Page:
Posted:

**June 5th, 2004, 12:51 am**Joseph Wu has a gallery filled with the Origami Luminaries

( http://www.origami.as ) 10 or so of which are female. One of my goals is to be added to this gallery. When designing origami, there are several routes taken, usually it is one of two, being either doodling (designing with no goal) or aimed (where you aim for a design by finding a base or making one ideal for the model). It is sometimes helpful, but more complicated, to draw a crease pattern based on the points and length needed by the design.

Incase it helps, here is my explanation of a closed sink:

A closed sink is like an open sink, but the layers are rearranged. Try open sinking the waterbomb base, look inside. All sides will be arranged the same. In a closed sink, the inner triangle will not be trapped inbetween the two flaps, it will be on either side of them. Step by step its, fold a water bomb base. Fold closed point to the bottom. Unfold. Fold paper in half. Fold the two diagonal creases (the two points at the closed top) to the middle line, bottom. Fold the top point down. Bring one layer to the front (flip over the first layer from the back). Hopefully you now have a closed sunk waterbomb base.

to wolf: Really? Since I'm going to a convention for the first time in 20 days, I'll have to be the opposite and encourage them, its not in my personality to sneer I would like to see some more prominent women origamists. The only origamist autograph I have is Rachel Katz's and I find here to be very important by teaching origami to children and helping the Shumakovs in immigration, but she is not yet on the luminaries page, probably because Joseph Wu has not had a chance to photograph her.

( http://www.origami.as ) 10 or so of which are female. One of my goals is to be added to this gallery. When designing origami, there are several routes taken, usually it is one of two, being either doodling (designing with no goal) or aimed (where you aim for a design by finding a base or making one ideal for the model). It is sometimes helpful, but more complicated, to draw a crease pattern based on the points and length needed by the design.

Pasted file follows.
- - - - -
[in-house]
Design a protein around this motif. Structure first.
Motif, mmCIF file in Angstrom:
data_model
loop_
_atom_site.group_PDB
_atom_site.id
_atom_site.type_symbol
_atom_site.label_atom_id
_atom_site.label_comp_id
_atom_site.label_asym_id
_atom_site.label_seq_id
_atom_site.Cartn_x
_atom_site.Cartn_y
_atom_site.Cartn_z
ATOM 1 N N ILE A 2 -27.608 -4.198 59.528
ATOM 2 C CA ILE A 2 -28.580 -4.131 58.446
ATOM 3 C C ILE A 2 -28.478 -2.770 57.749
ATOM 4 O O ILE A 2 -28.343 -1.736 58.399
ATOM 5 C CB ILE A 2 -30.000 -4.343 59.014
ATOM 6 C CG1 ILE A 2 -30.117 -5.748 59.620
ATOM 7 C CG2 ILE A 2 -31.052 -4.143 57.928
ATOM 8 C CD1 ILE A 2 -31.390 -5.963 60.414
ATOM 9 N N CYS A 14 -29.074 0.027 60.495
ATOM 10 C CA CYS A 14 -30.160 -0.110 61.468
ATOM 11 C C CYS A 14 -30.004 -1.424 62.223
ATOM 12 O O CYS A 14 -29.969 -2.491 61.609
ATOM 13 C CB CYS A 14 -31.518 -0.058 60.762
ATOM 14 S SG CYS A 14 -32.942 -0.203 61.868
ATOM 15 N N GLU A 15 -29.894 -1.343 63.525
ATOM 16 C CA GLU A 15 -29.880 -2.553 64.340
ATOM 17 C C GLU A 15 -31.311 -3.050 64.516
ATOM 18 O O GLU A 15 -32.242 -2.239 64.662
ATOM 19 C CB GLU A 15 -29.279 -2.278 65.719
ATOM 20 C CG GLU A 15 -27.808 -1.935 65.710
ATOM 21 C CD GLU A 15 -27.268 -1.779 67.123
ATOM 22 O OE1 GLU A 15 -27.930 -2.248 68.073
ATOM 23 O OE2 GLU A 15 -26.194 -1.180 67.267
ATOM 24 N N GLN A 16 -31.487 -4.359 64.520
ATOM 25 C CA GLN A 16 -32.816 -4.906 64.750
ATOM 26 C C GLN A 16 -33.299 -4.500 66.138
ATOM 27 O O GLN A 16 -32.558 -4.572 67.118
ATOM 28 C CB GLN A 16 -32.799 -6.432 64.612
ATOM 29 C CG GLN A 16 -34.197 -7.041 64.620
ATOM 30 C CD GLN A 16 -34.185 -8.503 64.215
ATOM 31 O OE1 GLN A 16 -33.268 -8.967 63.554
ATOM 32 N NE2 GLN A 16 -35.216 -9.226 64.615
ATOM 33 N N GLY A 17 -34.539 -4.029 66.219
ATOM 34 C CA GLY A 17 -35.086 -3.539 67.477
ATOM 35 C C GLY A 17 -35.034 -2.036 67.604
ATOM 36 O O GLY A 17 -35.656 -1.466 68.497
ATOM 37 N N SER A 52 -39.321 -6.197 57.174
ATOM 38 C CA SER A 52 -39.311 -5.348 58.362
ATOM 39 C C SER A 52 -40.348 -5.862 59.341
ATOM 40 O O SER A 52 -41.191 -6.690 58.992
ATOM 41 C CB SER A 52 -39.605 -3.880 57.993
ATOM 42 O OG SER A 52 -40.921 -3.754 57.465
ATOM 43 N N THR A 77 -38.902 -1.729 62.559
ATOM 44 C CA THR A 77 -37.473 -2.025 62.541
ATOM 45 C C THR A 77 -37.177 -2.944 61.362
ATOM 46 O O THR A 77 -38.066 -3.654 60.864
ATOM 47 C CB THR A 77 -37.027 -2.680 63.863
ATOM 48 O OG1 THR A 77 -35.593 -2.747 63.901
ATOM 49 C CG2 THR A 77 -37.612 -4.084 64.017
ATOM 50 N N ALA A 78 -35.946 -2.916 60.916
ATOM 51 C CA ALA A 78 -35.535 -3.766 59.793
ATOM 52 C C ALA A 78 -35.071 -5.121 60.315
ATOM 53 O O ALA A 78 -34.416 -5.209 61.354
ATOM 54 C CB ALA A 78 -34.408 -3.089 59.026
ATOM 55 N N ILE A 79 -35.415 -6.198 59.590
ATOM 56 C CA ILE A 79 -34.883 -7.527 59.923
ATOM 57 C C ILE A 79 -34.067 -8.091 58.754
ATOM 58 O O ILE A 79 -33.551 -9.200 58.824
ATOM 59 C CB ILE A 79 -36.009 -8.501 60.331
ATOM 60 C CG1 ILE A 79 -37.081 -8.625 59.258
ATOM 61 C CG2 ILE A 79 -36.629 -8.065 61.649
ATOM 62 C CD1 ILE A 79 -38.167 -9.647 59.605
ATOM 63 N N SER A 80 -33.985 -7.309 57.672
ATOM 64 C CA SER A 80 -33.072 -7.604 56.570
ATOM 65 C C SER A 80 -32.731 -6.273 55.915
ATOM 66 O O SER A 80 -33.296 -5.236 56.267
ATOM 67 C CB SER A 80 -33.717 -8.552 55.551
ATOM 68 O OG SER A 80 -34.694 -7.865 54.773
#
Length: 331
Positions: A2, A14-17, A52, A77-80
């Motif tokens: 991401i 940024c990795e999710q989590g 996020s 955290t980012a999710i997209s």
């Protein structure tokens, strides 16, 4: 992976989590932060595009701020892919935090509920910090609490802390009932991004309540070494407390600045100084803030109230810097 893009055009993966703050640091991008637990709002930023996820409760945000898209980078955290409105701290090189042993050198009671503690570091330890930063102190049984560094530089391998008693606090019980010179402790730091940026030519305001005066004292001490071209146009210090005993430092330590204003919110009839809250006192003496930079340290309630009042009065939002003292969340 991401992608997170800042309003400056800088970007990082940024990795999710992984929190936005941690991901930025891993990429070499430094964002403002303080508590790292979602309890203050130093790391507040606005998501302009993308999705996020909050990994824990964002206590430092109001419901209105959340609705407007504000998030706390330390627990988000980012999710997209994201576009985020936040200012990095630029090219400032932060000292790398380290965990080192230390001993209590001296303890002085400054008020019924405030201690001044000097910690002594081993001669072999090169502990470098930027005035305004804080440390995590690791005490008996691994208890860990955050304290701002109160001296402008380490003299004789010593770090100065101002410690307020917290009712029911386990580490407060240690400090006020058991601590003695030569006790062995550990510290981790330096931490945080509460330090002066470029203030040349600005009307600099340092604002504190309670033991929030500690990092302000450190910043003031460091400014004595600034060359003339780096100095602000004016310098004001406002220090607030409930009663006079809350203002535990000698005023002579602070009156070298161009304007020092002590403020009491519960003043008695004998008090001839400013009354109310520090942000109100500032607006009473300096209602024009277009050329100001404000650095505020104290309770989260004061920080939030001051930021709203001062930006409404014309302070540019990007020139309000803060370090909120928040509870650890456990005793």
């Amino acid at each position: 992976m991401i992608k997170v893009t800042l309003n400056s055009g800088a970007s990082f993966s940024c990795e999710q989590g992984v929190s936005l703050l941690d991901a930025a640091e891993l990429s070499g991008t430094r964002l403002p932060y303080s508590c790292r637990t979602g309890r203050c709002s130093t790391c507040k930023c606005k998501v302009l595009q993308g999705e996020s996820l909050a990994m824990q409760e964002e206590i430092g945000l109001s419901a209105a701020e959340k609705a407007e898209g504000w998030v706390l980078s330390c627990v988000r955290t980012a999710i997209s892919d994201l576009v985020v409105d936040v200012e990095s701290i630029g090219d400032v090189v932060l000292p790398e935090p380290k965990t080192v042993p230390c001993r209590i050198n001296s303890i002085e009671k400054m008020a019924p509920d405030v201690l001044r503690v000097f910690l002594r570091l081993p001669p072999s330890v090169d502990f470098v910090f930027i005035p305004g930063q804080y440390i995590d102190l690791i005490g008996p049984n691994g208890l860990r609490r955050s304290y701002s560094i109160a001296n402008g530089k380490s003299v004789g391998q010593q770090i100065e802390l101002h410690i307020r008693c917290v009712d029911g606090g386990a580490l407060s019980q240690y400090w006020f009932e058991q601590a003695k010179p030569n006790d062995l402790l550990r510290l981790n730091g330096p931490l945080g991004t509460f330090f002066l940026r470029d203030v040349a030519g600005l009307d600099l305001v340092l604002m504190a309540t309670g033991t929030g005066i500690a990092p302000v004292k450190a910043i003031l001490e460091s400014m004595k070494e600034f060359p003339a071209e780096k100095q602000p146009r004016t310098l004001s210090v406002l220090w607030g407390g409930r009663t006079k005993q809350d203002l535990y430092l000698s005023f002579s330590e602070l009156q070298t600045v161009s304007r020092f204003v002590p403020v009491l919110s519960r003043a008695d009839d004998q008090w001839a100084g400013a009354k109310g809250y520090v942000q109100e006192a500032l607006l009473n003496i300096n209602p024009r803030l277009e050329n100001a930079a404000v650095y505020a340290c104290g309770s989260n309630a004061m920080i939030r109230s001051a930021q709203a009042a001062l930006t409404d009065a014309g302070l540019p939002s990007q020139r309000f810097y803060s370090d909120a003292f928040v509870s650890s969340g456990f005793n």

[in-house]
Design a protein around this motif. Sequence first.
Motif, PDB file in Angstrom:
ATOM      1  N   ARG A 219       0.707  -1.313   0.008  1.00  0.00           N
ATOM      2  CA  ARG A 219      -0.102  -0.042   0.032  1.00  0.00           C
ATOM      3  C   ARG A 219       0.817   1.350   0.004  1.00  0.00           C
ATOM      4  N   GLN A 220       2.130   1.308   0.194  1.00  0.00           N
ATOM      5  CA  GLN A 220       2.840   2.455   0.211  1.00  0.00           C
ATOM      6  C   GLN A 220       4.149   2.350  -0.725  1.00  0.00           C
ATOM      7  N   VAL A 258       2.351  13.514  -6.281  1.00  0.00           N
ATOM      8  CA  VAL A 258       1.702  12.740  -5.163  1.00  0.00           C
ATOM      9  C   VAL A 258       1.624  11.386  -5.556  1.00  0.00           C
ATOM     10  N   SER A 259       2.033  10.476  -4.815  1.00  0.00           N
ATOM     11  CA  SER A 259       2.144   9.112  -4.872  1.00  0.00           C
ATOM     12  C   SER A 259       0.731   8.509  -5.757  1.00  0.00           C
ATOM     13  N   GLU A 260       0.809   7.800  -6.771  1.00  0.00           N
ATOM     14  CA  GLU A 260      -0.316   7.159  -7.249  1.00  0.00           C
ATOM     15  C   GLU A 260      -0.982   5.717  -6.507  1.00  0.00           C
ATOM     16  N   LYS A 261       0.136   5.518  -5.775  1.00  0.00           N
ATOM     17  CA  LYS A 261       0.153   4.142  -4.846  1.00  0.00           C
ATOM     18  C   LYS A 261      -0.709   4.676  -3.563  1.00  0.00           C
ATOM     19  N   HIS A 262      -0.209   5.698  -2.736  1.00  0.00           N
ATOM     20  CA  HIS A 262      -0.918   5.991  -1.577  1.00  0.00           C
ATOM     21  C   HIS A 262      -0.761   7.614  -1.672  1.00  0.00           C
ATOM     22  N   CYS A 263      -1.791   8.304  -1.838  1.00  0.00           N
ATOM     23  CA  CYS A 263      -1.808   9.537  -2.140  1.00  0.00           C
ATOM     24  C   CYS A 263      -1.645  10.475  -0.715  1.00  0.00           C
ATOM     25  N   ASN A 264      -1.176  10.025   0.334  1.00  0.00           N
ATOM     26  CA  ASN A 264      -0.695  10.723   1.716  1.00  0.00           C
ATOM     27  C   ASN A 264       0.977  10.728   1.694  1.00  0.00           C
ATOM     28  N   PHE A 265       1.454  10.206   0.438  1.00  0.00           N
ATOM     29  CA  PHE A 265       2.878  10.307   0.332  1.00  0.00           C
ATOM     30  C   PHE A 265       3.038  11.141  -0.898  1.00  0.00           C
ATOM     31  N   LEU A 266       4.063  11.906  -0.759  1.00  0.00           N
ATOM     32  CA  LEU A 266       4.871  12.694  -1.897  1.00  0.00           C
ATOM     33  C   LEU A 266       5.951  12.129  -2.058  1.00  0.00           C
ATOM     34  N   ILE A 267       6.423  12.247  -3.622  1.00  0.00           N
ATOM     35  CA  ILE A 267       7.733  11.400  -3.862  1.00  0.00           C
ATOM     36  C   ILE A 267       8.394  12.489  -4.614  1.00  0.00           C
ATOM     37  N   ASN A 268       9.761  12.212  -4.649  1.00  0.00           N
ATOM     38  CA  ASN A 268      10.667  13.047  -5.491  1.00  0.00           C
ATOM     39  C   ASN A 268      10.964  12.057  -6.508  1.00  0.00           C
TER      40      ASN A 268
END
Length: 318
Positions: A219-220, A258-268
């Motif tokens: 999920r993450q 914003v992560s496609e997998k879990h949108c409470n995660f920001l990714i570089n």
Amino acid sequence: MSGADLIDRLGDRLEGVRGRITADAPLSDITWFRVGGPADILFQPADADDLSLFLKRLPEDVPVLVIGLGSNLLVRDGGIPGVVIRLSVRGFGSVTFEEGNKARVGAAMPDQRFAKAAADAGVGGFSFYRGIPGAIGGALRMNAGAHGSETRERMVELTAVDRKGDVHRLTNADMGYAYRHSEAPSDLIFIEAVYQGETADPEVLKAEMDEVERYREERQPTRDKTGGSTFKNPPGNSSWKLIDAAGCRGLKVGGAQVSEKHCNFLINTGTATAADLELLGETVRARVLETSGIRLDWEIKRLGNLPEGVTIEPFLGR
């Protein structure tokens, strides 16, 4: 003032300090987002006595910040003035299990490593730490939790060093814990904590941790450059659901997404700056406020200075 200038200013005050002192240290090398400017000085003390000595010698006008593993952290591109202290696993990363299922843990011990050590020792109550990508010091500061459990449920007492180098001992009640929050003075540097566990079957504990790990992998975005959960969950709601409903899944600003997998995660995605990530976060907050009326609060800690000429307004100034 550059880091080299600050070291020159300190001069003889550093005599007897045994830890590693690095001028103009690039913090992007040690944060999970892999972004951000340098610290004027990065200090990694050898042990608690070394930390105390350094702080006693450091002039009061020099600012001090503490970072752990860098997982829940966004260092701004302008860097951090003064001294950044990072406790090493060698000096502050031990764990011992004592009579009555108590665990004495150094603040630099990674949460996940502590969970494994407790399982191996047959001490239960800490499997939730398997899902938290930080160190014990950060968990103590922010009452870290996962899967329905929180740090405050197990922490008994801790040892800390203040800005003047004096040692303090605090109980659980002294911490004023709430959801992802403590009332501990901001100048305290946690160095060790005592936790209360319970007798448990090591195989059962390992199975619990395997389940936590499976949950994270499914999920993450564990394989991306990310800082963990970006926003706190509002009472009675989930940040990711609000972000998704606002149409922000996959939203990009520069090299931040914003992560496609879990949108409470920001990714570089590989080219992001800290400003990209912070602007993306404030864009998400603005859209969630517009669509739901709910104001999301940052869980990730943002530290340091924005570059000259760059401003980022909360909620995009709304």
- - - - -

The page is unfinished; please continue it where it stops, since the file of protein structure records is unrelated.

Incase it helps, here is my explanation of a closed sink:

A closed sink is like an open sink, but the layers are rearranged. Try open sinking the waterbomb base, look inside. All sides will be arranged the same. In a closed sink, the inner triangle will not be trapped inbetween the two flaps, it will be on either side of them. Step by step its, fold a water bomb base. Fold closed point to the bottom. Unfold. Fold paper in half. Fold the two diagonal creases (the two points at the closed top) to the middle line, bottom. Fold the top point down. Bring one layer to the front (flip over the first layer from the back). Hopefully you now have a closed sunk waterbomb base.

to wolf: Really? Since I'm going to a convention for the first time in 20 days, I'll have to be the opposite and encourage them, its not in my personality to sneer I would like to see some more prominent women origamists. The only origamist autograph I have is Rachel Katz's and I find here to be very important by teaching origami to children and helping the Shumakovs in immigration, but she is not yet on the luminaries page, probably because Joseph Wu has not had a chance to photograph her.